Olazabal’s Savvy Ryder Cup Move

Paul Casey would have made the 2010 European team under the new system. Credit Icon SMI.

Well, I wasn’t expecting that. Based on a suggestion from Ryder Cup captain Jose Maria Olazabal, the European Tour’s tournament committee announced that the number of captain’s selections would be reduced from three to two in 2012.

The top European players compete on world schedules that limit their appearances on the European Tour. This is even true of those who are not members of the U.S. PGA Tour—Lee Westwood played in only seven European Tour events in 2010, not counting majors and World Championship events. You would think that a captain would want more flexibility under those circumstances.

In the fine print, however, Olazabal made a savvy move that will improve the chances of the best players becoming automatic qualifiers. Before, the top five players (reduced to four in 2010) from the world ranking points list were taken first and then the next five came from the European Tour points list. Now, they will start with the European Tour list.

How does the change help? Because you go deeper onto the second list than you do the first one.

In 2010, it happened that the first four players on both lists were the same (Lee Westwood, Martin Kaymer, Rory McIlroy, Graeme McDowell). That meant the team was filled out by the fifth through ninth players on the European Tour list. But if the process had been reversed, it would have been filled out by going down to ninth on the world list instead.

What would that have meant for the team? Edoardo Molinari, Luke Donald, Padraig Harrington, and Justin Rose would have qualified on points, along with Ian Poulter (he would have earned a spot as fifth on the European list; he was also seventh in world ranking points). Francesco Molinari, Ross Fisher, Miguel Angel Jimenez, and Peter Hanson would not have qualified, assuming nine automatic qualifiers as in 2010. Francesco Molinari would have joined the automatic qualifiers if 10 players made it, as under the 2012 system.

You will note that all three of Colin Montgomerie’s captain’s selections—E. Molinari, Donald, and Harrington—would have automatically qualified. That would have left him free to pick Paul Casey (controversially omitted from the team), Francesco Molinari, and either Fisher or Jimenez.

The bottom line is that Casey and Rose would have been on the team in place of Hanson and either Fisher or Jimenez. (Fisher probably would have gotten the nod on merit. It would have been an interesting decision, considering Jimenez’s experience and team spirit. But his Ryder Cup record was pretty poor prior to 2010). That’s definitely a stronger team.

It happens that the 2010 team would have looked the same under this system whether there were two captain’s picks or three, assuming that F. Molinari would have been selected. What if there had been four captain’s picks? Taking four players from the European list and then four from the world list, Rose is the odd man out among automatic qualifiers but he would have been a likely captain’s pick, leaving the roster the same.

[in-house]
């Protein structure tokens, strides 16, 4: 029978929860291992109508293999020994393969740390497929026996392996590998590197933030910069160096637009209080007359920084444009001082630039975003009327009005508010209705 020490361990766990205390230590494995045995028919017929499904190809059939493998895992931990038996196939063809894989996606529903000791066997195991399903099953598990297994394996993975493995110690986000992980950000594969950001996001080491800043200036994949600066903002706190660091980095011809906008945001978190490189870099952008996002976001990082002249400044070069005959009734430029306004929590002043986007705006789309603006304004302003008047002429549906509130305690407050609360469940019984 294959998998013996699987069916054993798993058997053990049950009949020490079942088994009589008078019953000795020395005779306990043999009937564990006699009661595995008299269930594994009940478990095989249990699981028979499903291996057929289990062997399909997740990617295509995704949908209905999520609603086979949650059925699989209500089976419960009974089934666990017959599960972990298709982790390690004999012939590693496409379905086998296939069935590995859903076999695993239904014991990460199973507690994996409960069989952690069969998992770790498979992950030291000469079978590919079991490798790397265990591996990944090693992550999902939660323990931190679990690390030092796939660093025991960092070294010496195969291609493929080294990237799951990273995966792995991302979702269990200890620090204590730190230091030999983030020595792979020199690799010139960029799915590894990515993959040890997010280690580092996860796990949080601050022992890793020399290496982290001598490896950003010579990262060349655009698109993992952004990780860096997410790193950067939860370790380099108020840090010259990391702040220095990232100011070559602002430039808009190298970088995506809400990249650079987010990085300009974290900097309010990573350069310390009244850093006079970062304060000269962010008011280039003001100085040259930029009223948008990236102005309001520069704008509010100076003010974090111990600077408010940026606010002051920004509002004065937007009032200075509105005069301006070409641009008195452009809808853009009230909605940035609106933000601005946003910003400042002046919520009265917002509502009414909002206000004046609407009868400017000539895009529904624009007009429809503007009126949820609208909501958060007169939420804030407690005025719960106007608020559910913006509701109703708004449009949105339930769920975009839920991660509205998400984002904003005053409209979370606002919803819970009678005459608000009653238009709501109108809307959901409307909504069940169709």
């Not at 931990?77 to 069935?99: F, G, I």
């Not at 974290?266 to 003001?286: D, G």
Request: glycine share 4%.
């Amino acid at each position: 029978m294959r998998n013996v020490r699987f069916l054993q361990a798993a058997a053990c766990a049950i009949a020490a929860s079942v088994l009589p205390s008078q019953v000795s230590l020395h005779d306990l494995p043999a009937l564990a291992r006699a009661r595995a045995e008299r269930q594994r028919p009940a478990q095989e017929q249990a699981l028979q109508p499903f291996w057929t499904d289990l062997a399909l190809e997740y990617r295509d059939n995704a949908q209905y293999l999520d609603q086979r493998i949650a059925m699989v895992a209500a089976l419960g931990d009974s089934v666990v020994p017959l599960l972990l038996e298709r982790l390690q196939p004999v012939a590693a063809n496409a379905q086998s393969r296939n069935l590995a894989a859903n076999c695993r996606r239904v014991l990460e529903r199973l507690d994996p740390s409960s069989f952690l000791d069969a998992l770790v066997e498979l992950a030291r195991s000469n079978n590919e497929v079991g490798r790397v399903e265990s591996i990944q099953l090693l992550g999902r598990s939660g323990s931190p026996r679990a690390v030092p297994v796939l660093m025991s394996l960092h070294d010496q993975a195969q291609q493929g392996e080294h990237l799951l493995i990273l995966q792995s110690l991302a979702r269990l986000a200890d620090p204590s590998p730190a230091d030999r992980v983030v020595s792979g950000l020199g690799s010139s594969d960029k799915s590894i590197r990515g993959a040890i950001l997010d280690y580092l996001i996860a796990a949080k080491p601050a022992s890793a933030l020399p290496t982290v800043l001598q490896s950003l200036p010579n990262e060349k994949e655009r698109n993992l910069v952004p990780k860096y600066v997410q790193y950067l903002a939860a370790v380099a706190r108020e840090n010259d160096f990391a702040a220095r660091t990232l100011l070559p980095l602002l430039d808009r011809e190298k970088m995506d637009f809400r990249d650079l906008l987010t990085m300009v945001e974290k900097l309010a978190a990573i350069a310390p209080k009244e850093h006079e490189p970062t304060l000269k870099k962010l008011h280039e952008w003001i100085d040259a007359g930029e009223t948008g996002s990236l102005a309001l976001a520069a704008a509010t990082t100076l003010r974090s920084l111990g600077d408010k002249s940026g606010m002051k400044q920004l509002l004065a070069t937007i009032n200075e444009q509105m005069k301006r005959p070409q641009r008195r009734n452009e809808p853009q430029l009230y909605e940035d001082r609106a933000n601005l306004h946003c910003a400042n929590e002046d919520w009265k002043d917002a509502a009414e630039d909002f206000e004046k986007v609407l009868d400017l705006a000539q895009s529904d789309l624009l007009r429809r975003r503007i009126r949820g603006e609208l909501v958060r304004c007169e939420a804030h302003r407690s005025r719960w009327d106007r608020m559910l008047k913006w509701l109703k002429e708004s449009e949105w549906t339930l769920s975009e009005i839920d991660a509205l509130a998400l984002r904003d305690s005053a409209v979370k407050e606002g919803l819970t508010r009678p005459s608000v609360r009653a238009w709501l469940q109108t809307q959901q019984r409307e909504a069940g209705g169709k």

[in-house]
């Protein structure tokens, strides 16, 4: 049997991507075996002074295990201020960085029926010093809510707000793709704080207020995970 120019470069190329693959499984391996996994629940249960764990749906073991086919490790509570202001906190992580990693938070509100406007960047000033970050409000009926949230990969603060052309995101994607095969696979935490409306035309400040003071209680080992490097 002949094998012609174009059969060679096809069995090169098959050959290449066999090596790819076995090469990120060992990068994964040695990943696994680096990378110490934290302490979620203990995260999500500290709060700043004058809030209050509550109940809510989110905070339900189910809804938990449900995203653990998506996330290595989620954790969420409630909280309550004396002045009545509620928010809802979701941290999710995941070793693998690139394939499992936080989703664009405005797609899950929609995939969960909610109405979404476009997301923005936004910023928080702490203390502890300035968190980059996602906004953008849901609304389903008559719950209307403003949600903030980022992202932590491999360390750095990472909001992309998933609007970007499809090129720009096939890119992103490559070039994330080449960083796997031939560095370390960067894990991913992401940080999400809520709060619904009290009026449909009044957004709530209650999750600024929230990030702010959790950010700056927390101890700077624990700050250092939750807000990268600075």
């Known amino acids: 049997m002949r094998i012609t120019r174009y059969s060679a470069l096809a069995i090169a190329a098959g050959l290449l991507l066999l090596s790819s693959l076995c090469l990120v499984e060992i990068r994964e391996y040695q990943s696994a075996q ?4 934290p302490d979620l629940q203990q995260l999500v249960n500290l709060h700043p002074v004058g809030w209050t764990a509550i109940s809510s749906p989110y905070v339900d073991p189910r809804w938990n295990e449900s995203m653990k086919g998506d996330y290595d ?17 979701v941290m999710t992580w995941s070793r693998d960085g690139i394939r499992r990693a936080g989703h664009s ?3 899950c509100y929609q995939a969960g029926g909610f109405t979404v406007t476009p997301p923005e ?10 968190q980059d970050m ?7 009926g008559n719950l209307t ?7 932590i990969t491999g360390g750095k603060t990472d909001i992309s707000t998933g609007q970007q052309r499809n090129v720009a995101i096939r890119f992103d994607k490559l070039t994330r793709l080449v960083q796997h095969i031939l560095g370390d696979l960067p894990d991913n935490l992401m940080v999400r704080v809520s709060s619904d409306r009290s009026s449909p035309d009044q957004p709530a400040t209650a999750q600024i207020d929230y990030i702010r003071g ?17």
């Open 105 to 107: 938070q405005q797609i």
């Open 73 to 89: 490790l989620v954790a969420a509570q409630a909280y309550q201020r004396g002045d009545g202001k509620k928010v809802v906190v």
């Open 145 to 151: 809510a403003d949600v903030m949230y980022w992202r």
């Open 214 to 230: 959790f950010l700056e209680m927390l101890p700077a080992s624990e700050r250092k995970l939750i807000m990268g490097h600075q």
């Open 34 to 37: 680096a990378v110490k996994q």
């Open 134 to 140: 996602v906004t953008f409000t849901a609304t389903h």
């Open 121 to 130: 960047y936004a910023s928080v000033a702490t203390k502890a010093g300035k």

The Olazabal method is likely to produce a stronger group of automatic qualifiers by going deeper on the world list. That means it subtly sabotages the European Tour’s incentive for its players to compete more in Europe. While it makes it far less likely that a captain would have to make a choice that leaves a player of the caliber of Casey off the team, he still might have a difficult decision between a more European-based player versus one who plays a lot in the U.S.

I’m not going to give Olazabal a total pass on his reduction of captain’s picks to two, especially when you consider that the U.S. captain now has four, a change Paul Azinger made in 2008. In the 2010 scenario it doesn’t really make a difference, but there are other possible scenarios. Even in 2010, what if Sergio Garcia hadn’t lost his game and desire, and been in the mix for a captain’s pick? In a future year if the tops of the two lists are less similar, that would mean losing some of the advantage of being able to go farther down on the world list for automatic qualifiers.

With the varying schedules of European players, more flexibility would be a good thing. If you went only four deep on each list for automatic qualifiers, you could always pick the next players on the lists in the absence of a clearly better choice. But it’s the part of the Olazabal system that didn’t get the headline that is really the key change, and a good one for the strength of the European side.

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